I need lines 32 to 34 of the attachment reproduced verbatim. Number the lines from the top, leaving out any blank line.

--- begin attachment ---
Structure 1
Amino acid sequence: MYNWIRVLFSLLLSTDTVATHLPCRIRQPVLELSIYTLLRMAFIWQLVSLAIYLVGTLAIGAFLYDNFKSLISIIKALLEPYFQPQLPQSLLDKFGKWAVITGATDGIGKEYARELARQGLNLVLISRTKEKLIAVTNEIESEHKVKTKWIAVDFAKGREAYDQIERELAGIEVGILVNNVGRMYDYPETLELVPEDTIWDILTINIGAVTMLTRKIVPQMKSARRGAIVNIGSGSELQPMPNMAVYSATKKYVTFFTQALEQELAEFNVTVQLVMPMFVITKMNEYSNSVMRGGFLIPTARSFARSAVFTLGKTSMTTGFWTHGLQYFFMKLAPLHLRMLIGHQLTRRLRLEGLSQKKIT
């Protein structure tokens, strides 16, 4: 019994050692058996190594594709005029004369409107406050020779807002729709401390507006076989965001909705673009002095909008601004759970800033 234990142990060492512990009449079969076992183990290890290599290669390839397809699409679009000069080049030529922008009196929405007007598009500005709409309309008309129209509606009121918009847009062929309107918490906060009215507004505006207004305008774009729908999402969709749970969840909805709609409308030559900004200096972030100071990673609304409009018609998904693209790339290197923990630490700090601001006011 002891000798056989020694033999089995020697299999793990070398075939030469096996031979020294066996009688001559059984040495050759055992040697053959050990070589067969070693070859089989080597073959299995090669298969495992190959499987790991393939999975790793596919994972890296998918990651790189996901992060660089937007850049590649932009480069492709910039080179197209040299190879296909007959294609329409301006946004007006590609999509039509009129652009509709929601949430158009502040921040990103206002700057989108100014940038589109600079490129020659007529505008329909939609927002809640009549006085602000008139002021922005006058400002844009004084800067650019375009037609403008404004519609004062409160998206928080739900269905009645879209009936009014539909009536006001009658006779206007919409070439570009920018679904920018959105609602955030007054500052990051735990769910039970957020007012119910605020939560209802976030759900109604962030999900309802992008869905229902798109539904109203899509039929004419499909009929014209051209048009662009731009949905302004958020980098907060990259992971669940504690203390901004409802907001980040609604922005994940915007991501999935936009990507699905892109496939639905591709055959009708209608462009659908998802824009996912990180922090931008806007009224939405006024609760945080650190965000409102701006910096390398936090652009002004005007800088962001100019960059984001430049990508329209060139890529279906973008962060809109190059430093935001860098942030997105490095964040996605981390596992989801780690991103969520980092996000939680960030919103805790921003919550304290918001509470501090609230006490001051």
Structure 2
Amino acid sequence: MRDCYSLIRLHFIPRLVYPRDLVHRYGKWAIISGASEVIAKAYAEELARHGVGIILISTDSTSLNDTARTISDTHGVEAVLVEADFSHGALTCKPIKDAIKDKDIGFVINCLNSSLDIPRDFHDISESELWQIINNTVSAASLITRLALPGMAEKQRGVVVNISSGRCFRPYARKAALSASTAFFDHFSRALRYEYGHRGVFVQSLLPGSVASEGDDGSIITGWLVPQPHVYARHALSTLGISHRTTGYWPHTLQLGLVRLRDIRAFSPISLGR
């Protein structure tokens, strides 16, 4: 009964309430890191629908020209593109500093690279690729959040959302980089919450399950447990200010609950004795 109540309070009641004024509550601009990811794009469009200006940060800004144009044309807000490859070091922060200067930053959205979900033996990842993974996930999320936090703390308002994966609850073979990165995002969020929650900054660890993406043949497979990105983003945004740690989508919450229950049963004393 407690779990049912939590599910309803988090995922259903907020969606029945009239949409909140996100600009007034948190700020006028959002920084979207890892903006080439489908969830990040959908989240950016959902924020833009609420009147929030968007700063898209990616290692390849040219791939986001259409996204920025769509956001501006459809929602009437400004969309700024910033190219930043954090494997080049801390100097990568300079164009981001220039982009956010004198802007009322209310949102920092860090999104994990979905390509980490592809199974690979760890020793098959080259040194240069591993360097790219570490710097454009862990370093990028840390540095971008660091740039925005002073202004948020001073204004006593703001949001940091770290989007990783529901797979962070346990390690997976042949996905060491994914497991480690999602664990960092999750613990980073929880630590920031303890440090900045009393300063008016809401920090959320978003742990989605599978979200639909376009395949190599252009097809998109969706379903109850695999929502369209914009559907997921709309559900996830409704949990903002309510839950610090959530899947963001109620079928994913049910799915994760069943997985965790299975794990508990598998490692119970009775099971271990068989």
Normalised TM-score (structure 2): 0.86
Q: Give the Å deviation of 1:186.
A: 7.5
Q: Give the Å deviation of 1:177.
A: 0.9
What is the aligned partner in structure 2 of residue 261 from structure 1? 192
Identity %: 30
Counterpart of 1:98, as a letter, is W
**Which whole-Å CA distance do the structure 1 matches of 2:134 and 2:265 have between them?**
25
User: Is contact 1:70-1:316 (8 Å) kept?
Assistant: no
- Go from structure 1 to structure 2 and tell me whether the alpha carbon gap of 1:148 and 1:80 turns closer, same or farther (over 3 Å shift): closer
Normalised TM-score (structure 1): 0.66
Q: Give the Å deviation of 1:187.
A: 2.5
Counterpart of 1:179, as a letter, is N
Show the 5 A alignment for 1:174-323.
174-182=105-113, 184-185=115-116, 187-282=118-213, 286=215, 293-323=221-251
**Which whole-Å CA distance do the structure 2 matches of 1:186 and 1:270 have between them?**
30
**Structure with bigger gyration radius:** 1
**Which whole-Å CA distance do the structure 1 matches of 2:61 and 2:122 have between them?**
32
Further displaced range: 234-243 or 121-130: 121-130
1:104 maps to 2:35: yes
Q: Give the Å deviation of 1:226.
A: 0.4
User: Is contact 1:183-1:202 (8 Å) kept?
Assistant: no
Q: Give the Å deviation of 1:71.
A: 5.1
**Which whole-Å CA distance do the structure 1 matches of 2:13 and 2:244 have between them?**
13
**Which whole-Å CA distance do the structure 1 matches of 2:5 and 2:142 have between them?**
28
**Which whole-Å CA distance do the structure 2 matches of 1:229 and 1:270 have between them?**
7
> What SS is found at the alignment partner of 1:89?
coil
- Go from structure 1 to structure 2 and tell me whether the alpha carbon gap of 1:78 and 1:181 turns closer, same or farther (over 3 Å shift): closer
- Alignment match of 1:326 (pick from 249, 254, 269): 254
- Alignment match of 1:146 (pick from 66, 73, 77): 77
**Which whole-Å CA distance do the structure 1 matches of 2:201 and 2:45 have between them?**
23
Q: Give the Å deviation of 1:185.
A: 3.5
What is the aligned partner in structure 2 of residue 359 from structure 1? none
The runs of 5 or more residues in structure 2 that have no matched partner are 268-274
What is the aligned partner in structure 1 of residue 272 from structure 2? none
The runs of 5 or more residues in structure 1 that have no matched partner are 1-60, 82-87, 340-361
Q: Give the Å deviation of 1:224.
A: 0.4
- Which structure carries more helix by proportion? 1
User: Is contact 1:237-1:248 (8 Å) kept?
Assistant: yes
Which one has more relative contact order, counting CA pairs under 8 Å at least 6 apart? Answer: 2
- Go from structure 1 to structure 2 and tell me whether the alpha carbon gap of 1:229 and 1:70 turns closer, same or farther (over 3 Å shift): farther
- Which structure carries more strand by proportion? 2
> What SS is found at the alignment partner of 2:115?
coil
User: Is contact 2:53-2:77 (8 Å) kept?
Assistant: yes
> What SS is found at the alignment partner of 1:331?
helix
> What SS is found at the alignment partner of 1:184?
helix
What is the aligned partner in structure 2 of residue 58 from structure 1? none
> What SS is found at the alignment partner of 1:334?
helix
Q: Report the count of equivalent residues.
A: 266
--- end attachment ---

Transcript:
1:104 maps to 2:35: yes
Q: Give the Å deviation of 1:226.
A: 0.4